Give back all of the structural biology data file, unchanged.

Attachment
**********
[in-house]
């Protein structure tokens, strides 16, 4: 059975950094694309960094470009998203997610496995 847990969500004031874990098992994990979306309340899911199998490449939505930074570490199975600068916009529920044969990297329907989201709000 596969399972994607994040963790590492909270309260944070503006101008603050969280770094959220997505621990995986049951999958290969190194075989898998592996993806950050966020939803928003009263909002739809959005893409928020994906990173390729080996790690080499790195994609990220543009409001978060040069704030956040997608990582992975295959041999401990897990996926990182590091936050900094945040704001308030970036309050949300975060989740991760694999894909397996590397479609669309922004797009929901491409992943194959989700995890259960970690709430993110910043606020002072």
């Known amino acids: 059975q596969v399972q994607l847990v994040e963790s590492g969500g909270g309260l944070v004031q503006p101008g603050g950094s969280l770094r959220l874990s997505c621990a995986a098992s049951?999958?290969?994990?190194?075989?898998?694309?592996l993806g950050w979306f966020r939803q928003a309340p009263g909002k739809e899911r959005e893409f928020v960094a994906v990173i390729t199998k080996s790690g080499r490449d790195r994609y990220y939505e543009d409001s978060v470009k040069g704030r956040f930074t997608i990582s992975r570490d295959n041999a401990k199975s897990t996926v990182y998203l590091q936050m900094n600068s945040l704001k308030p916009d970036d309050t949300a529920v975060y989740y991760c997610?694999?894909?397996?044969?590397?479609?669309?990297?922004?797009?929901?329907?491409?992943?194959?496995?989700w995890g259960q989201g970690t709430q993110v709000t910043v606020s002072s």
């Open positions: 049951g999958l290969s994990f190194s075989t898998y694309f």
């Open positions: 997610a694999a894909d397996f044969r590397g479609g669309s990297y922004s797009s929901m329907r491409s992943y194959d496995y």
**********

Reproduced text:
[in-house]
């Protein structure tokens, strides 16, 4: 059975950094694309960094470009998203997610496995 847990969500004031874990098992994990979306309340899911199998490449939505930074570490199975600068916009529920044969990297329907989201709000 596969399972994607994040963790590492909270309260944070503006101008603050969280770094959220997505621990995986049951999958290969190194075989898998592996993806950050966020939803928003009263909002739809959005893409928020994906990173390729080996790690080499790195994609990220543009409001978060040069704030956040997608990582992975295959041999401990897990996926990182590091936050900094945040704001308030970036309050949300975060989740991760694999894909397996590397479609669309922004797009929901491409992943194959989700995890259960970690709430993110910043606020002072």
């Known amino acids: 059975q596969v399972q994607l847990v994040e963790s590492g969500g909270g309260l944070v004031q503006p101008g603050g950094s969280l770094r959220l874990s997505c621990a995986a098992s049951?999958?290969?994990?190194?075989?898998?694309?592996l993806g950050w979306f966020r939803q928003a309340p009263g909002k739809e899911r959005e893409f928020v960094a994906v990173i390729t199998k080996s790690g080499r490449d790195r994609y990220y939505e543009d409001s978060v470009k040069g704030r956040f930074t997608i990582s992975r570490d295959n041999a401990k199975s897990t996926v990182y998203l590091q936050m900094n600068s945040l704001k308030p916009d970036d309050t949300a529920v975060y989740y991760c997610?694999?894909?397996?044969?590397?479609?669309?990297?922004?797009?929901?329907?491409?992943?194959?496995?989700w995890g259960q989201g970690t709430q993110v709000t910043v606020s002072s």
């Open positions: 049951g999958l290969s994990f190194s075989t898998y694309f």
């Open positions: 997610a694999a894909d397996f044969r590397g479609g669309s990297y922004s797009s929901m329907r491409s992943y194959d496995y």